Alt rock faves Guster recently announced a spring 2015 tour with soundscaper Kishi Bashi opening on several dates, including their Philadelphia stop at the TLA in April. The tour comes after the release of their seventh studio album, Evermotion, due out January 13. The Boston four-piece took a break from their acoustic tendencies for some experimental noise rock on this album with the help of the Shins keyboardist/Black Keys bassist, Richard Swift. Evermotion was recorded at Swift’s Cottage Grove studio in January 2014, and will be released via Guster’s own label, Ocho Mule Records. In addition to the new album, the band is celebrating 20 years together, and performs at the Theater of Living Arts on April 24 with Kishi Bashi. Tickets and information on the show can be found at the XPN concert calendar. You can listen to a teaser of the new album below. Continue reading →
It feels like we just talking about beginning-of-the-summer shows, and somehow it is almost August. It’s still summer though! So make sure you take advantage of the outdoor weather as much as possible at these 5 awesome shows throughout August. Continue reading →
Year End Mania is the Key’s survey of the things below the surface that made 2013 awesome. In this installment, contributor Laura Jane Brubaker shares some essential mixtape tracks.
2k13 has come and [almost] gone, and if there’s one thing I can say I really nailed this year it would be the art of the mixtape. “But LJ,” you may say, “your 2k13 proved overwhelmingly to be a laundry list of failed romantic endeavors.” And right you may be, but rest assured that not a smidge of that was the fault of my meticulously crafted, amatoriously motivated mixtapes – of which there were two For Tom’s (different Toms), one for a crush who promptly came out as gay, and a Mixtape for Horoscope Fulfillment which, needless to say, didn’t fulfill squat. But there were also plenty of platonically-minded mixes and I still have friends, so ha.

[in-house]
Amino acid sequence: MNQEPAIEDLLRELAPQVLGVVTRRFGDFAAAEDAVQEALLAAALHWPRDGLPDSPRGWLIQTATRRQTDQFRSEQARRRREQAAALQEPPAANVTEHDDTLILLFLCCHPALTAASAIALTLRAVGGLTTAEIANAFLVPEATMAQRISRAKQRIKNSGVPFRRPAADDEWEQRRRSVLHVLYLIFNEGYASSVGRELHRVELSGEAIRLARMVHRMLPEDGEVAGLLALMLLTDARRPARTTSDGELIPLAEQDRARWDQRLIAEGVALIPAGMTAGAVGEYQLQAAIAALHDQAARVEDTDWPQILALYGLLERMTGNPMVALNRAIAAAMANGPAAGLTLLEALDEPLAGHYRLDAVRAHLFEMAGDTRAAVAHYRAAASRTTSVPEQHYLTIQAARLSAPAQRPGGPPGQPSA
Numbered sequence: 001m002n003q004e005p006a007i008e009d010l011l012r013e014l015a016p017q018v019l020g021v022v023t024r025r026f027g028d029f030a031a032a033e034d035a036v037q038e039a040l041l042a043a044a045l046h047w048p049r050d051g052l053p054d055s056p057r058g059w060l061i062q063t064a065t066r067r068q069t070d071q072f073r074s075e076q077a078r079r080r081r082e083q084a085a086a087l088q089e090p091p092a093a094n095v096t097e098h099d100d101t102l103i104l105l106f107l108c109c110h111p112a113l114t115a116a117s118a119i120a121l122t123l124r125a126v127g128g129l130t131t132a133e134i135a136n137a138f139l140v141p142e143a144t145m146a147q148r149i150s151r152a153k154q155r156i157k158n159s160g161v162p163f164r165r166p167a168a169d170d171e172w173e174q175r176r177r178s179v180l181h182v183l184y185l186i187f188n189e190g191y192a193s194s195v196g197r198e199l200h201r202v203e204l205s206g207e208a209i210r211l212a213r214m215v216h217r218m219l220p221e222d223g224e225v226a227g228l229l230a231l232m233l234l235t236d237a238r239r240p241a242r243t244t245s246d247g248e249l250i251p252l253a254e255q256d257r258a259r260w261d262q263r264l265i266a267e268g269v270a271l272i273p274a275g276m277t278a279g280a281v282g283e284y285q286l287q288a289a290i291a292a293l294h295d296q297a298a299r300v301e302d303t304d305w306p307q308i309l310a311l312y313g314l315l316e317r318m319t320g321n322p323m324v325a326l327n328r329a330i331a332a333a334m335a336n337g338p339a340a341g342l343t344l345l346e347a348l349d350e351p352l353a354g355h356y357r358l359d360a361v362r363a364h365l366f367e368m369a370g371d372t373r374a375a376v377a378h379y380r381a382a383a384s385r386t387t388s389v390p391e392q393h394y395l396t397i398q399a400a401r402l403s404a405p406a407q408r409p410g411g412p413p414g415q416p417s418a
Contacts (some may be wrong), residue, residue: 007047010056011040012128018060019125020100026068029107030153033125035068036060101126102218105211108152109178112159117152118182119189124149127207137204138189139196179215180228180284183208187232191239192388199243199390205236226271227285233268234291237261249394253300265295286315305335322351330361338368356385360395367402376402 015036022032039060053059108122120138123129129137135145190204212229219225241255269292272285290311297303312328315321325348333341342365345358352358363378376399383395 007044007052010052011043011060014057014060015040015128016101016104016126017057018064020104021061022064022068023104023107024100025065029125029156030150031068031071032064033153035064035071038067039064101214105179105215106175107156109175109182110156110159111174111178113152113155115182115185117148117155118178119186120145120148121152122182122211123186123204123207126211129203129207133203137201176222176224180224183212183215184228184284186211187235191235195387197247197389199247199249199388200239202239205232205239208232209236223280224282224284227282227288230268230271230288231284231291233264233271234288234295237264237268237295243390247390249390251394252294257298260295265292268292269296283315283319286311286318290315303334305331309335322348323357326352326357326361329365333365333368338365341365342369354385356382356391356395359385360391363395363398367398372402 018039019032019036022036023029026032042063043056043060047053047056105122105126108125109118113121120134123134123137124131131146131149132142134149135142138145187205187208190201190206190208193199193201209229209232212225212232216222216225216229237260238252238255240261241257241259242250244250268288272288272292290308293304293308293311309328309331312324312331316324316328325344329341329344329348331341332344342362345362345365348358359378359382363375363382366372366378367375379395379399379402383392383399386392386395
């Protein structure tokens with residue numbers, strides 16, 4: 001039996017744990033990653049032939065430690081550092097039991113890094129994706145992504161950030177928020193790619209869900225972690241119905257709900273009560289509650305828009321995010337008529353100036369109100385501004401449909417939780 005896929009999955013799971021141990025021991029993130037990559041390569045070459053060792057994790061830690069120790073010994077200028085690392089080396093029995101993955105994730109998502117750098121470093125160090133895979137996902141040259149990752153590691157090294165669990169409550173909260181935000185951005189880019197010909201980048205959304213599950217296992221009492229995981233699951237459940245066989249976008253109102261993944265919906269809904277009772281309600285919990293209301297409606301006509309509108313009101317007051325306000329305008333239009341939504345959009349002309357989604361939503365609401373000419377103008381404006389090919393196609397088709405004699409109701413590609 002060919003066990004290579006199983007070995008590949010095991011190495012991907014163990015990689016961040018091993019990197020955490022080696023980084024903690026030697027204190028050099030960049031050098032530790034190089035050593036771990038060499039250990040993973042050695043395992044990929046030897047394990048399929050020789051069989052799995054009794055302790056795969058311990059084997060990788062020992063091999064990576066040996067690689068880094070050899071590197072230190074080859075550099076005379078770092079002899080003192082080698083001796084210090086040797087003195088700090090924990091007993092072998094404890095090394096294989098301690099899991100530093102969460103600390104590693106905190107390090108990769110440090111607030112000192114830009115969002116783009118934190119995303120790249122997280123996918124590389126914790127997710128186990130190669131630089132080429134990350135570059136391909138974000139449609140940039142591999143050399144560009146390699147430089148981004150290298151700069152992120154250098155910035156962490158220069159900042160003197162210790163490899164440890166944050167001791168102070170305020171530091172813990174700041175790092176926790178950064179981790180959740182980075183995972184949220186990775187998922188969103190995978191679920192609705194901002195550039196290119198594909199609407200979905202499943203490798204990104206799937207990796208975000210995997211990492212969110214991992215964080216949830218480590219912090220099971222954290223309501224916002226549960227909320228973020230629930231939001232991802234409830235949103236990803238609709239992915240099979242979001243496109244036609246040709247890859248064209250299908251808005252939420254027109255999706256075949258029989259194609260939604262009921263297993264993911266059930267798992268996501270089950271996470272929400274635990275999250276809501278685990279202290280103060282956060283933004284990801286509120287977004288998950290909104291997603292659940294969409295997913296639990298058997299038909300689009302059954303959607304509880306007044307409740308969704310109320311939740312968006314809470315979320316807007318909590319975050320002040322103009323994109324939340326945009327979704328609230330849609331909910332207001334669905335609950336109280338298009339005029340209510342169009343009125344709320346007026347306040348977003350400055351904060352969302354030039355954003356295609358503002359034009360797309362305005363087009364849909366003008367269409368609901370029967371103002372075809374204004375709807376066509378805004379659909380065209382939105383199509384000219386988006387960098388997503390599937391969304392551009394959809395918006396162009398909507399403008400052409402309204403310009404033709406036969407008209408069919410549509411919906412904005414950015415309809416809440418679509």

Through all this I came up with a few good rules for crafting an excellent mixtape. First: don’t awkward yourself out of a good song. 89% of music alludes to love in some way so if you’re trying to avoid anything that mentions feelings because you’re wicked anxious about creeping someone out, you’re gonna have a crap mixtape. Second: be original, but don’t be afraid to recycle yourself. I got really good at trolling through my expansive Google Play library, which has served as theft/water-proof repository for all my musical holdings since 2010 and is a treasure trove of songs I don’t remember downloading or even hearing ever. New songs make for more interesting listening, I think, and some of my favorite musical discoveries have come while digging for mix material. Keep in mind, it’s also cool to use the same song a bunch if you think it works and you’re making lots of mixtapes anyway for some reason. Heck, that’s how I came up with this list. Finally: if you can pull it off, use a cassette. It’s old school, it’s unique, and while it may prove to be tricky for the recipient to play, the effort that goes in to a legitimate mixtape (versus a CD) makes the whole thing a lot more meaningful for everybody.
Here are the tunes I hold in the highest esteem for mix-craft. You can thank me when you’re married.
1) “One True Love” by Ben Seretan
This one comes out of the box first because, despite what I already said, using a song with the words “true love” in the title may be TOO bold a move depending on your situation. Nevertheless, Ben’s song is a lush and spacious landscape of a track, perhaps abstract enough in its construction to help you get away with the directness of the title. But if that’s what you’re going for then hey, don’t let me stop you. Continue reading →